Watchdog dings VA for poor management of rural health program
Office cannot be certain it wisely allocated nearly $300 million, IG concludes.
The Veterans Health Administration has not adequately managed a large chunk of funds associated with a program that provides patient services to vets in rural areas, according to a report from the department's inspector general.
The IG concluded the Office of Rural Health lacked certainty that it effectively allocated $273.3 million, or 51 percent, of $533 million in funding it received during fiscal 2009 and fiscal 2010. "Specifically, we found ORH did not adequately manage the use of fee funds and the proposal selection process," the report said.
The watchdog blamed a lack of internal financial controls and performance measures as well as ineffective communication and collaboration among department officials for the problems. The report also said that, until recently, ORH "did not have the management staff in place that had the knowledge, skills and experience required to lead and manage a newly established organization." The department has hired staff with more experience in financial management and budgeting, and is trying to rectify that weakness, the IG said.
As of 2009, ORH estimated there were 3.3 million enrolled vets living in rural areas, approximately 41 percent of all veteran enrollees. About 67 percent of those enrolled vets used VHA services. Men and women from rural areas make up a disproportionate share of service members overall and account for 32 percent of Iraq war enrolled veterans, according to the report.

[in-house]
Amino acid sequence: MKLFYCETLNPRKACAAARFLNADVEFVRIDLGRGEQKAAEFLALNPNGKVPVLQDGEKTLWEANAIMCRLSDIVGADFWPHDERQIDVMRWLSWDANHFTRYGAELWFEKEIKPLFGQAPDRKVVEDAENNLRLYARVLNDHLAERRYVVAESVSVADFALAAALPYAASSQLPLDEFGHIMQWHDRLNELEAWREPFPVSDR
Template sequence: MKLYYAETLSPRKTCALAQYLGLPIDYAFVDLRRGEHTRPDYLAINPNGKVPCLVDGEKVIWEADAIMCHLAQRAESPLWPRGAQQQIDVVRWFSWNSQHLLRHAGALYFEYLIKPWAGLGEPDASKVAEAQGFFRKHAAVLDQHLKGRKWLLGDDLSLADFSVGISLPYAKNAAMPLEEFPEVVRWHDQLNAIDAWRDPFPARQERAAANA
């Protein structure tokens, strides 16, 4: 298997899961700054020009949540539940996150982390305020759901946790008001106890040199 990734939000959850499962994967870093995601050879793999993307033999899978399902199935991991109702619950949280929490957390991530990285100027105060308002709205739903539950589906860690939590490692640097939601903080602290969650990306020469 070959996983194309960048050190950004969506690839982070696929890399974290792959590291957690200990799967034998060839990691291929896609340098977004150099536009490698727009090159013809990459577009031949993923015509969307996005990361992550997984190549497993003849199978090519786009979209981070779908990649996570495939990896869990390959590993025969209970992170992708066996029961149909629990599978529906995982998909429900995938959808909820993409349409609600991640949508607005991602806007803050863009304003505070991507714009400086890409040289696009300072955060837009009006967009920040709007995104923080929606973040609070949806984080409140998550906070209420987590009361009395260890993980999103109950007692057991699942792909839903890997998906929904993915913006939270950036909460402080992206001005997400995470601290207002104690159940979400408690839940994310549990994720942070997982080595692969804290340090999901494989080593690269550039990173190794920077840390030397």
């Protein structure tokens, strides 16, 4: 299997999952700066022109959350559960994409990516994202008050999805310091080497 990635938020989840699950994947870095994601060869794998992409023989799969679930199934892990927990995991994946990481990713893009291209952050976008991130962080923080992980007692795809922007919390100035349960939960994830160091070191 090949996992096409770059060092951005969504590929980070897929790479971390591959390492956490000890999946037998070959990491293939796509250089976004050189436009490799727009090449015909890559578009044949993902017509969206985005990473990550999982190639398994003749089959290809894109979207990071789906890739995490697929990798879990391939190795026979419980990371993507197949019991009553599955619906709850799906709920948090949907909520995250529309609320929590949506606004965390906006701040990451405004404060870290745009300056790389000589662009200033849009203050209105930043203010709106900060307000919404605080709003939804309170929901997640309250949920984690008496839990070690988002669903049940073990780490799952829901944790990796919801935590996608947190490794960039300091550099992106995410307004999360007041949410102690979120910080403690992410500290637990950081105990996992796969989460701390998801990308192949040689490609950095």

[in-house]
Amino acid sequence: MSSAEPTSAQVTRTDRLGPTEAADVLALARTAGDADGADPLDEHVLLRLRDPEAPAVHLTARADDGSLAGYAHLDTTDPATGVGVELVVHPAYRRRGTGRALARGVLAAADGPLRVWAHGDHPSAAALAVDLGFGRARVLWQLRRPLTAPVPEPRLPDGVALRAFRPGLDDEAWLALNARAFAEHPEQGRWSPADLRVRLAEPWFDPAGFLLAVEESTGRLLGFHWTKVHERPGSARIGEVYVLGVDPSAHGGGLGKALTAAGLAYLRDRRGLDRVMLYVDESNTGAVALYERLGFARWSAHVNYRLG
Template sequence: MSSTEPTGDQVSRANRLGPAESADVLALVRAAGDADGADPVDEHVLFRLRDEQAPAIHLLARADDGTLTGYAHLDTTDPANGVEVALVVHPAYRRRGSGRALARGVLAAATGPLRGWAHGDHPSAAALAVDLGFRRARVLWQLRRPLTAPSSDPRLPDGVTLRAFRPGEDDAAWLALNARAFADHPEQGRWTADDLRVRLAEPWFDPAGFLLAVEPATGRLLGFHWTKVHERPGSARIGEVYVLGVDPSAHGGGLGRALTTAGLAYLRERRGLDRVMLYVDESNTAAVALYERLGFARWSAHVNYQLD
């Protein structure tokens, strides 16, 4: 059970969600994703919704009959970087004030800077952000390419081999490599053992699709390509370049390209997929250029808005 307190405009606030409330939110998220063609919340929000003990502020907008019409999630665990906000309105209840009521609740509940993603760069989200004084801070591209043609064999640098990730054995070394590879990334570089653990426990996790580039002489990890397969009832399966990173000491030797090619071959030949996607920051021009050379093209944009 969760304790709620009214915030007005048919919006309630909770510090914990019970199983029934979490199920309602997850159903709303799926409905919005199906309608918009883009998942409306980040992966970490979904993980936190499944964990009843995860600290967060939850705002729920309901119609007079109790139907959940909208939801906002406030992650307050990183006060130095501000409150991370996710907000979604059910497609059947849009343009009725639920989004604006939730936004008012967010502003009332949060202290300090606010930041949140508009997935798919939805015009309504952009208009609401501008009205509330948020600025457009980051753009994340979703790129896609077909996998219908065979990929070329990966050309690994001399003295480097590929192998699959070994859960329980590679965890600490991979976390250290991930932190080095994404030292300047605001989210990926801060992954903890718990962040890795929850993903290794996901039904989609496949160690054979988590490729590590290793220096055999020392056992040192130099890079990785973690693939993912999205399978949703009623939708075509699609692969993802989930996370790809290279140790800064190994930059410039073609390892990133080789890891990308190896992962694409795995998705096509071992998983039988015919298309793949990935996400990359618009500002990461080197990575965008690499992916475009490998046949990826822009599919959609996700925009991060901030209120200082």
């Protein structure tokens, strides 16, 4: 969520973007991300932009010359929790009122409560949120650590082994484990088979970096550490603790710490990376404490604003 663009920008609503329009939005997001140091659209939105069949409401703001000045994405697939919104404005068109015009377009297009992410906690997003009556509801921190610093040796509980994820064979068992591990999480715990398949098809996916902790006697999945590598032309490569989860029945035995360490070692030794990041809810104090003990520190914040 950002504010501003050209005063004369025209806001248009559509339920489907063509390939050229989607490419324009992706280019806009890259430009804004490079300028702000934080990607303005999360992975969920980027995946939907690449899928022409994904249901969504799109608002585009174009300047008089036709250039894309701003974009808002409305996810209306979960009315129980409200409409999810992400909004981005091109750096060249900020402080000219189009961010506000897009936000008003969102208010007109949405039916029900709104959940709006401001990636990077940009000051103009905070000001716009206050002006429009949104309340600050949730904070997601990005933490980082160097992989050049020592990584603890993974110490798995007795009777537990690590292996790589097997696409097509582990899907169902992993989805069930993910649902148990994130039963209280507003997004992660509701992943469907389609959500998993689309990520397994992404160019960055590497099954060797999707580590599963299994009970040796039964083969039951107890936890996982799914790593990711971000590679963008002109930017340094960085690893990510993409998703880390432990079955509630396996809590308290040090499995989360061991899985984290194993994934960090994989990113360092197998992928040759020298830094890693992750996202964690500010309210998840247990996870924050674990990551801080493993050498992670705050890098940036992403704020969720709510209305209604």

ORH, which is part of VHA, approved millions of dollars for programs and services that VHA officials expressed concerns over due to cost or lack of proper procedure, the report said. For example, a VHA official reviewed a $2.8 million proposal to create an electronic intensive care unit and virtual response team that would use videoconferencing between medical centers and staff at intensive care units in rural facilities. The official had expressed reservations that the program sponsors did not adequately document the need for the service, the number of vets it would benefit, or the patient safety and regulatory issues involved. Nevertheless, ORH approved and funded the project without addressing those questions.
The IG recommended OHR reassess the feasibility and usefulness of its fiscal 2012 funded initiatives, in addition to putting in place financial controls, a project monitoring system and performance measures to gauge the effectiveness of health care services for vets. The department's undersecretary for health agreed with the recommendations and said plans to improve financial management of the program would be implemented by October.